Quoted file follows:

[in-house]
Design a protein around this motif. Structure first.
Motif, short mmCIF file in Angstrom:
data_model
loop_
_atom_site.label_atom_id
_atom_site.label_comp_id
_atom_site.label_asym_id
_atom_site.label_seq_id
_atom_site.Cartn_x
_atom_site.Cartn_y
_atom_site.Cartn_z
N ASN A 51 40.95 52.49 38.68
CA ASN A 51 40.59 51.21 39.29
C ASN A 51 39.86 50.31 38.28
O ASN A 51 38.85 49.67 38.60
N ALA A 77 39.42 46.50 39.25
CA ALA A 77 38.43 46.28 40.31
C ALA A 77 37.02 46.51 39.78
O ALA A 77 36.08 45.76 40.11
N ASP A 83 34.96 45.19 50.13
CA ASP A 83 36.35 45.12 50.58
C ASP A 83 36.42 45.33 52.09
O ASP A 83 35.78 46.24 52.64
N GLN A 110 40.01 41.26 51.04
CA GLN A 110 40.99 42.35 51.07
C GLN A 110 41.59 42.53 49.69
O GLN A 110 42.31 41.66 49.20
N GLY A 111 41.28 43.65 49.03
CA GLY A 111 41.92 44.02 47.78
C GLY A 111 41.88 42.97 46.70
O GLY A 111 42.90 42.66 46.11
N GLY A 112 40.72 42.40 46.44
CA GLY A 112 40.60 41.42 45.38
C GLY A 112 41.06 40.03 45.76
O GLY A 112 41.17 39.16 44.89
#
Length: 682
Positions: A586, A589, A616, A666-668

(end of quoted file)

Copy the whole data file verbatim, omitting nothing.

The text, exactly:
[in-house]
Design a protein around this motif. Structure first.
Motif, short mmCIF file in Angstrom:
data_model
loop_
_atom_site.label_atom_id
_atom_site.label_comp_id
_atom_site.label_asym_id
_atom_site.label_seq_id
_atom_site.Cartn_x
_atom_site.Cartn_y
_atom_site.Cartn_z
N ASN A 51 40.95 52.49 38.68
CA ASN A 51 40.59 51.21 39.29
C ASN A 51 39.86 50.31 38.28
O ASN A 51 38.85 49.67 38.60
N ALA A 77 39.42 46.50 39.25
CA ALA A 77 38.43 46.28 40.31
C ALA A 77 37.02 46.51 39.78
O ALA A 77 36.08 45.76 40.11
N ASP A 83 34.96 45.19 50.13
CA ASP A 83 36.35 45.12 50.58
C ASP A 83 36.42 45.33 52.09
O ASP A 83 35.78 46.24 52.64
N GLN A 110 40.01 41.26 51.04
CA GLN A 110 40.99 42.35 51.07
C GLN A 110 41.59 42.53 49.69
O GLN A 110 42.31 41.66 49.20
N GLY A 111 41.28 43.65 49.03
CA GLY A 111 41.92 44.02 47.78
C GLY A 111 41.88 42.97 46.70
O GLY A 111 42.90 42.66 46.11
N GLY A 112 40.72 42.40 46.44
CA GLY A 112 40.60 41.42 45.38
C GLY A 112 41.06 40.03 45.76
O GLY A 112 41.17 39.16 44.89
#
Length: 682
Positions: A586, A589, A616, A666-668